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AWS high tech casts a Halo over landmines

AI, machine learning and cloud computing is helping clear minefields, from Angola to Ukraine, writes ARTHUR GOLDSTUCK.

From the cities of Angola to the villages of Ukraine, a race against time is under way to protect civilians from a deadly, hidden peril.

 Even when the peace treaties have been signed and soldiers have gone home , the populations of war-torn countries remain in fear as roads, paths and trails are littered with landmines. An organisation called the HALO Trust (for Hazardous Area Life-support Organisation) has spent the past three decades working to clear landmines from both former and current war zones, in one of the most hazardous humanitarian tasks in the world.

But now, its work is about to become a lot easier, or at least quicker. Technology is being roped in to streamline and speed up the task of identifying landmines, munitions and other explosive ordnance left behind by war.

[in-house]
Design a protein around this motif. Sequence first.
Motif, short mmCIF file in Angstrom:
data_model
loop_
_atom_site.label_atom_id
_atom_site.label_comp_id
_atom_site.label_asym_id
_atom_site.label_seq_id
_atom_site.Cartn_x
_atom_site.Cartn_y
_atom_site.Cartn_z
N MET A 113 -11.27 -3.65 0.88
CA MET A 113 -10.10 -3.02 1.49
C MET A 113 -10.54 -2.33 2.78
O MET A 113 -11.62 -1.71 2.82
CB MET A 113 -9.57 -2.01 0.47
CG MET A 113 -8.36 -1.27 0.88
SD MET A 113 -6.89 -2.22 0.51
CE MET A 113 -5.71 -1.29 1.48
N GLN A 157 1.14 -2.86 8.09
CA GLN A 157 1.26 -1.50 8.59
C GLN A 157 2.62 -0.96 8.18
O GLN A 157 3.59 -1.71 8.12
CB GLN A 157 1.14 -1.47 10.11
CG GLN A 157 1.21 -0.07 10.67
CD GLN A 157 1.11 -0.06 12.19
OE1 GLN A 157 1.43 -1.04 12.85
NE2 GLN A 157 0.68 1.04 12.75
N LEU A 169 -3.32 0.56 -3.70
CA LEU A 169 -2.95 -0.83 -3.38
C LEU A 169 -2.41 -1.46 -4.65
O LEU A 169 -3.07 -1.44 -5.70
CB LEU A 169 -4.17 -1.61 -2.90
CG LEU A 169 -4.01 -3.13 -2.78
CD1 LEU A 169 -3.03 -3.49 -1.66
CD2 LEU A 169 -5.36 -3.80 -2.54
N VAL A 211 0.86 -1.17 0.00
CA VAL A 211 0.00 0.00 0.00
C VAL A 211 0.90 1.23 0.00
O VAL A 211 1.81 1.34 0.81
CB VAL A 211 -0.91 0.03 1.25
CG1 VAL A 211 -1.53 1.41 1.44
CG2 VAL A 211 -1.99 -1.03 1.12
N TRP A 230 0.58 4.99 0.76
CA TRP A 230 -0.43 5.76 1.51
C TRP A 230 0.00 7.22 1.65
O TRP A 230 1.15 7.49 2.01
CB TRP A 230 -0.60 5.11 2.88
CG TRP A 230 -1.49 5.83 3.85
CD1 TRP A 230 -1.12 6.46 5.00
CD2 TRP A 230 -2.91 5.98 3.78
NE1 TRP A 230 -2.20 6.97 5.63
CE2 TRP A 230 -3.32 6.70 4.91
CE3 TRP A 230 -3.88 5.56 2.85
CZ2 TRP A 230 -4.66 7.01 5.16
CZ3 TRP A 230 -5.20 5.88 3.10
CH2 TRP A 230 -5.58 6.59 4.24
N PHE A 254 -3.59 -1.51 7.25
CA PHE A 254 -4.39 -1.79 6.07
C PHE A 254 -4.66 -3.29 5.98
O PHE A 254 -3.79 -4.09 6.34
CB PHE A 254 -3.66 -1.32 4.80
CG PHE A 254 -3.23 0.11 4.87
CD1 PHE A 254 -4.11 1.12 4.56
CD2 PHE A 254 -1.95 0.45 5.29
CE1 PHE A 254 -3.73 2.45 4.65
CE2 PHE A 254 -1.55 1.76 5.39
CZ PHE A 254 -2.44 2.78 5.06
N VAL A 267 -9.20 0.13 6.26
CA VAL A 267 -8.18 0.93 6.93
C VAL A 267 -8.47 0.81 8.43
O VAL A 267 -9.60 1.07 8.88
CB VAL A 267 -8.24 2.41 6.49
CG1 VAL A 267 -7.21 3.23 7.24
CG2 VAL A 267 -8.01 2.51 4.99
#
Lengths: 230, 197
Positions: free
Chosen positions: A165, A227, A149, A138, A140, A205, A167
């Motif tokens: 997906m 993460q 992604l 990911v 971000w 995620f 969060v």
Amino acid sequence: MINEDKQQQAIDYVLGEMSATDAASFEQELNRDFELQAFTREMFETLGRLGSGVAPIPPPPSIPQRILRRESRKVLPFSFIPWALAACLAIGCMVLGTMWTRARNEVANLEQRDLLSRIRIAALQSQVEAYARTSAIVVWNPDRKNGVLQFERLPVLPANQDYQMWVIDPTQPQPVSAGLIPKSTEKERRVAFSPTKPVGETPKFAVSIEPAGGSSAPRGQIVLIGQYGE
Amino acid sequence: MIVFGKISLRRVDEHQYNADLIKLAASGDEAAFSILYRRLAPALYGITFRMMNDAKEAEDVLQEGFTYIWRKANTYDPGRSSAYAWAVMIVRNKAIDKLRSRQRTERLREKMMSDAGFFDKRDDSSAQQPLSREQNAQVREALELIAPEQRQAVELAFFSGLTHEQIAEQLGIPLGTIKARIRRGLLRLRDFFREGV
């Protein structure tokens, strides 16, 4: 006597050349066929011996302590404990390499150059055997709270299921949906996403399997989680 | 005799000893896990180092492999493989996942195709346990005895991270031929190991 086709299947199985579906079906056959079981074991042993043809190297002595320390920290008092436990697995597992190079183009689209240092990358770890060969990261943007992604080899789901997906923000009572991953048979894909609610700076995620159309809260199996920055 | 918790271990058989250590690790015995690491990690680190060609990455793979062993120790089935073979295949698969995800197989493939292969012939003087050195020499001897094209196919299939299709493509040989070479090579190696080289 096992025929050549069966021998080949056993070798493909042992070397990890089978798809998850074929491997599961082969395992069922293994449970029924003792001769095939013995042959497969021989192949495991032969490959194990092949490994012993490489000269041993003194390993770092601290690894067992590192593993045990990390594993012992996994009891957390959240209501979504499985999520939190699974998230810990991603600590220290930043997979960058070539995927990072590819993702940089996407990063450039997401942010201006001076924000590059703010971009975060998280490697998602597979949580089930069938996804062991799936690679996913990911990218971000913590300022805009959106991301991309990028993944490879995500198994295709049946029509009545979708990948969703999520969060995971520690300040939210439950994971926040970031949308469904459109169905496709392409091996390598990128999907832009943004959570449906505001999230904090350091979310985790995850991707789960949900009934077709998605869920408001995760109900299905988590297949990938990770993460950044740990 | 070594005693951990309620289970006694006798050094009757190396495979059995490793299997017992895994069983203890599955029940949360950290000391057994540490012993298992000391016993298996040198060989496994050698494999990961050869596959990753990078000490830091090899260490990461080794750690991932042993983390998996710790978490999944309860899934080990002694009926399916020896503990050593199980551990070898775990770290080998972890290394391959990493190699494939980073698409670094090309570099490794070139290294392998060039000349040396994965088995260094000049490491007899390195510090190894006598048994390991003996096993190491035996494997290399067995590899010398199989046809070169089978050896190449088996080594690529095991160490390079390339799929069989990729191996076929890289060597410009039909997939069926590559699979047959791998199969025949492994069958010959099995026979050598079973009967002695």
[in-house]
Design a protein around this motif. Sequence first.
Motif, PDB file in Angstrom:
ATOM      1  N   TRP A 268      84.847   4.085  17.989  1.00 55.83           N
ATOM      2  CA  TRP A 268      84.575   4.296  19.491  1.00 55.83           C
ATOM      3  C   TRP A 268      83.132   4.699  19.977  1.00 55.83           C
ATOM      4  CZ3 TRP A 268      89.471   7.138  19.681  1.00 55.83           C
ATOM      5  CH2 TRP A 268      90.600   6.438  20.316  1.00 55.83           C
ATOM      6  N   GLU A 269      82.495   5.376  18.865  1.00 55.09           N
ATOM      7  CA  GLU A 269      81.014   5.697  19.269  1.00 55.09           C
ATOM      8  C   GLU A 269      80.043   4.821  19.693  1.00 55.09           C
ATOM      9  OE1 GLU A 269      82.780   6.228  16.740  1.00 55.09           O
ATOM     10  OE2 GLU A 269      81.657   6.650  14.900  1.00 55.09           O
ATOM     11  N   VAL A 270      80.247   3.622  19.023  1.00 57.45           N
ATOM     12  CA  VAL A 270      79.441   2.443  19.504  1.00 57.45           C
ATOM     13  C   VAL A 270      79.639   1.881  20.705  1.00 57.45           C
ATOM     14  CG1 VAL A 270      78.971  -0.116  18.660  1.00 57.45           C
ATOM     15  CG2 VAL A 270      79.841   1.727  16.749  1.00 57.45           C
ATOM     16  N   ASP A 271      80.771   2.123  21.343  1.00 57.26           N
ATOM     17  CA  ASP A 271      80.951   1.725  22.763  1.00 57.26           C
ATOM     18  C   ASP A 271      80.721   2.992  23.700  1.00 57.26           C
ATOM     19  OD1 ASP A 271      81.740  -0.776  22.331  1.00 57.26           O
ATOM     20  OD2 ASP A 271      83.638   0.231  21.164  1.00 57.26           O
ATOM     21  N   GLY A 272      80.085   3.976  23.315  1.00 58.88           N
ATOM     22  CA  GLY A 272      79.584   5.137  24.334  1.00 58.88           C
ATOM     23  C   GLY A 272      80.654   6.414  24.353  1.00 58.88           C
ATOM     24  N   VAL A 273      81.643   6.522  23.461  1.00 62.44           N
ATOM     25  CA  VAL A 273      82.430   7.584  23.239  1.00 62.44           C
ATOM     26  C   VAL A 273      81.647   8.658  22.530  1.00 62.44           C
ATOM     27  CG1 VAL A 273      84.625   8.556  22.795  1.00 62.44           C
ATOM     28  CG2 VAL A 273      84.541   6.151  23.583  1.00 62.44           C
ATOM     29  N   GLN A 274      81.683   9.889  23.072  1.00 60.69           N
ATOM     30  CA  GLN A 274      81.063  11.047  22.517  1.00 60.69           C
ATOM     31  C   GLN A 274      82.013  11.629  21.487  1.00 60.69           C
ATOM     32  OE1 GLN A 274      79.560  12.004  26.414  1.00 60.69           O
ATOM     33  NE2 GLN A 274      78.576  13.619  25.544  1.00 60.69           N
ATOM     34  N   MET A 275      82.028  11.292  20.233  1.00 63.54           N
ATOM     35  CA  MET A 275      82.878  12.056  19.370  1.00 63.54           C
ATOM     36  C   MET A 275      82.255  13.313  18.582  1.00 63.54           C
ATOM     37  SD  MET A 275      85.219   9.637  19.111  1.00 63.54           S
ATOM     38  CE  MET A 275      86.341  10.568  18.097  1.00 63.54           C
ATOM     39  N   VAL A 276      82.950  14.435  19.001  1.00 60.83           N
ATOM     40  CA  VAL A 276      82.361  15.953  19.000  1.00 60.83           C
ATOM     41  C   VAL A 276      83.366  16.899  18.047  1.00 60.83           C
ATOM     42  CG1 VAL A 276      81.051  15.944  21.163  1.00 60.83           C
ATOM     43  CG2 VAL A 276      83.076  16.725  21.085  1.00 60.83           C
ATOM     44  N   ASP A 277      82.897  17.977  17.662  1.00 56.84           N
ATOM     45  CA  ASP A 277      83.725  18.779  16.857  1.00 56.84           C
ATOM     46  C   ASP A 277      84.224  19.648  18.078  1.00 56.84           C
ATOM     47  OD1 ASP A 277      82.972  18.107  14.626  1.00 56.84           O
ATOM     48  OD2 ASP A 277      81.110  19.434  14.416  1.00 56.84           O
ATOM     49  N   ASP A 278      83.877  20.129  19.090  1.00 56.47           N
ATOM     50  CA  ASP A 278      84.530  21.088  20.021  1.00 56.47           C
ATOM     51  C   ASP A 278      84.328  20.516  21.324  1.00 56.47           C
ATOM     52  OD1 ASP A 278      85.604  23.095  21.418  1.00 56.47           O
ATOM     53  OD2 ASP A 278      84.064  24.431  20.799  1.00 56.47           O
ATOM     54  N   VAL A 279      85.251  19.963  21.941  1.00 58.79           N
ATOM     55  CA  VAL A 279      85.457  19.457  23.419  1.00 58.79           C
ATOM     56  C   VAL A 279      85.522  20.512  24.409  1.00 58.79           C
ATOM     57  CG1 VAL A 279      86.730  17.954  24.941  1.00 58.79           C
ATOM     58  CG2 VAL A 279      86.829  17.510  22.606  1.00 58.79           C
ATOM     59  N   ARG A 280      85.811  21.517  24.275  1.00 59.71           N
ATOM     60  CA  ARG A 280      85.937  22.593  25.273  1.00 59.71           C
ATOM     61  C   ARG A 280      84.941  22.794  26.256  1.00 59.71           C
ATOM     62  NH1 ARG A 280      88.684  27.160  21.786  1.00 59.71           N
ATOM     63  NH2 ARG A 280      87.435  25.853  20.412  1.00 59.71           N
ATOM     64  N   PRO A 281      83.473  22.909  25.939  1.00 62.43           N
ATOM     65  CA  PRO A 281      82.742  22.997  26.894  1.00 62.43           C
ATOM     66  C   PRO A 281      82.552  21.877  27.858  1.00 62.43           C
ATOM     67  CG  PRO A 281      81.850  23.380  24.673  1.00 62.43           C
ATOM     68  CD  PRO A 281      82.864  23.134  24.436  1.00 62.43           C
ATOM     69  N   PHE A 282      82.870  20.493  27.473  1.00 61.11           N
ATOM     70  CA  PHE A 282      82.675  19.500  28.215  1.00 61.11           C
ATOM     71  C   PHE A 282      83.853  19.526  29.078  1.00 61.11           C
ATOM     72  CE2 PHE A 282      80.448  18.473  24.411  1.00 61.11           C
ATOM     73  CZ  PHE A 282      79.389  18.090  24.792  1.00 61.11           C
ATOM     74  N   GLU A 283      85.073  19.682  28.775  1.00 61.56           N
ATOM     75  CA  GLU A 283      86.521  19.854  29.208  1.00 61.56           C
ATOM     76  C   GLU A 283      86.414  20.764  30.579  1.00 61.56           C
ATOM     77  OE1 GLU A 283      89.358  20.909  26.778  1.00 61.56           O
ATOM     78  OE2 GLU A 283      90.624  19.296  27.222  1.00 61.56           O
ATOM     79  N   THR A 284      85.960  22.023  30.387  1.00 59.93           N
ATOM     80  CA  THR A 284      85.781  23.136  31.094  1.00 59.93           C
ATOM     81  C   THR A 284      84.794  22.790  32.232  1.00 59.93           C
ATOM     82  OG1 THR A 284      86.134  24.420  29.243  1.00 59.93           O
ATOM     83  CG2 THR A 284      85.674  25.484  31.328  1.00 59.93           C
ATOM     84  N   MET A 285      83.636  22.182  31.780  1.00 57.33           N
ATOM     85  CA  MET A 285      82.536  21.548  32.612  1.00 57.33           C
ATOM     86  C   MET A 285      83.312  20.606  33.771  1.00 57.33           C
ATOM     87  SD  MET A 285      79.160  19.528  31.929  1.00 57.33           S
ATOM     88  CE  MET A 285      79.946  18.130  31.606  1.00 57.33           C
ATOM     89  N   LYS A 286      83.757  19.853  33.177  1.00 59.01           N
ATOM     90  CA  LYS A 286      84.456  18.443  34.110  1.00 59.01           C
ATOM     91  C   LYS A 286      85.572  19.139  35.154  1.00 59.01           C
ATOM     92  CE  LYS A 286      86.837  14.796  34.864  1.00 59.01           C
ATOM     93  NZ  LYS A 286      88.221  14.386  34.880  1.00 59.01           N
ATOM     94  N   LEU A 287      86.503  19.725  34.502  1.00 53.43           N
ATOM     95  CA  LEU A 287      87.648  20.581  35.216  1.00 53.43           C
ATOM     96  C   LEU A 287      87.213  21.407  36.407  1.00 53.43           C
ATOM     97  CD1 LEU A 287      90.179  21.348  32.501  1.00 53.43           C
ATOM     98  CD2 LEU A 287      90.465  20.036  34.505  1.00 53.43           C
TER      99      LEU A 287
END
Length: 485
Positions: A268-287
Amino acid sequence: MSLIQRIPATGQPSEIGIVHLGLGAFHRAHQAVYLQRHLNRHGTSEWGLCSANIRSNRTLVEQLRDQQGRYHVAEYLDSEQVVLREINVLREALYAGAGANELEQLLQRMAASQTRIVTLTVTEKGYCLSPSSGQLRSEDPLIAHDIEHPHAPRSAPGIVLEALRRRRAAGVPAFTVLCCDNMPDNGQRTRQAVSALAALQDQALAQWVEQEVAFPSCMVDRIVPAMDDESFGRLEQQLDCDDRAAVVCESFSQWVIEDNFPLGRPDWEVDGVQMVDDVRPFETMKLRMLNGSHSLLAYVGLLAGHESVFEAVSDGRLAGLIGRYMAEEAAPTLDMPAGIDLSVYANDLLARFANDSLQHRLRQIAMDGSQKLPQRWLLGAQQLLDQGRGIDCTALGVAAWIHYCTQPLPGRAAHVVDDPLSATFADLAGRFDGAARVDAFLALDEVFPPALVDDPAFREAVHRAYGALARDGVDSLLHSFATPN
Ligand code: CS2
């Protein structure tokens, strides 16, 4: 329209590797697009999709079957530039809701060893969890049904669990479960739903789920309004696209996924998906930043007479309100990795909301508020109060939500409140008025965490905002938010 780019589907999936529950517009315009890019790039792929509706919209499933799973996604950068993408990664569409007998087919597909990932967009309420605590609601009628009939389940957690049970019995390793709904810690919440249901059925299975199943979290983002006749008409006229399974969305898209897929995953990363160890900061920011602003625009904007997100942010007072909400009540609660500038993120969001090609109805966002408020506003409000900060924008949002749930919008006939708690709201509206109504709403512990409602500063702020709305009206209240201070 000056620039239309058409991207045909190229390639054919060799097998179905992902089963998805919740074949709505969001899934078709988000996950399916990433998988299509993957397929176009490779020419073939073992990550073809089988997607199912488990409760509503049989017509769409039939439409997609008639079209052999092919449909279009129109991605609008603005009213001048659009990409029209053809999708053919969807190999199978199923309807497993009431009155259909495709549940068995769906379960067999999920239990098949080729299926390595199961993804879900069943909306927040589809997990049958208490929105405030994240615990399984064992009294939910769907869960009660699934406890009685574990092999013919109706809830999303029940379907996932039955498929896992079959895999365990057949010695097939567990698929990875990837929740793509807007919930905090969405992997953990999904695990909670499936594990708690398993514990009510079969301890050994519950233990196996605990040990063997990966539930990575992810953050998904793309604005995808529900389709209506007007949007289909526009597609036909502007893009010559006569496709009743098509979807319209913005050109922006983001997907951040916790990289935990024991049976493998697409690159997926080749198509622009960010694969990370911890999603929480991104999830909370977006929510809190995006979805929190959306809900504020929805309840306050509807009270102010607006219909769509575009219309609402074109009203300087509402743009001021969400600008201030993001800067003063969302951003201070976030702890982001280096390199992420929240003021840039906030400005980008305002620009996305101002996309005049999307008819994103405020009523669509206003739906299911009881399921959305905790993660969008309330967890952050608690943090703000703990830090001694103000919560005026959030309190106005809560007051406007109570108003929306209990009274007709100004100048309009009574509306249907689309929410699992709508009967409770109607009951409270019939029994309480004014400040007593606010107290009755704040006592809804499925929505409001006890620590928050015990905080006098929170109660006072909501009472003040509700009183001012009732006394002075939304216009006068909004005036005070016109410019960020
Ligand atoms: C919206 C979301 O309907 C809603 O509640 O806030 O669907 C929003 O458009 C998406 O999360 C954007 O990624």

Last week, HALO announced that it will pilot artificial intelligence and machine learning to aid its work in Ukraine as part of a new US$4-million package of support from Amazon Web Services (AWS).

The AWS investment will assist in the process of detecting debris of war in drone imagery for existing minefields and battlefields.  It will also help automate the analysis of satellite imagery to detect buildings damaged by explosives and signs of human activity near battlegrounds and minefields. That, in turn, will allow HALO to prioritise areas for clearance.

Susanna Smale, HALO regional director for Africa, told Business Times this week that the organisation remained active in Southern Africa, despite war having ended a long time ago. And the technology could transform its work here too.

Susanna Smale, Africa regional director of the HALO Trust.

“We work in over 30 territories and countries. In Africa, our work has been focused on the Horn of Africa and Angola, Mozambique, and Zimbabwe. Since starting in those programmes, some as early as 1994, for example when we started our work in Angola, we’ve had some huge success. Unfortunately, the work has been so substantial that our work continues in these countries.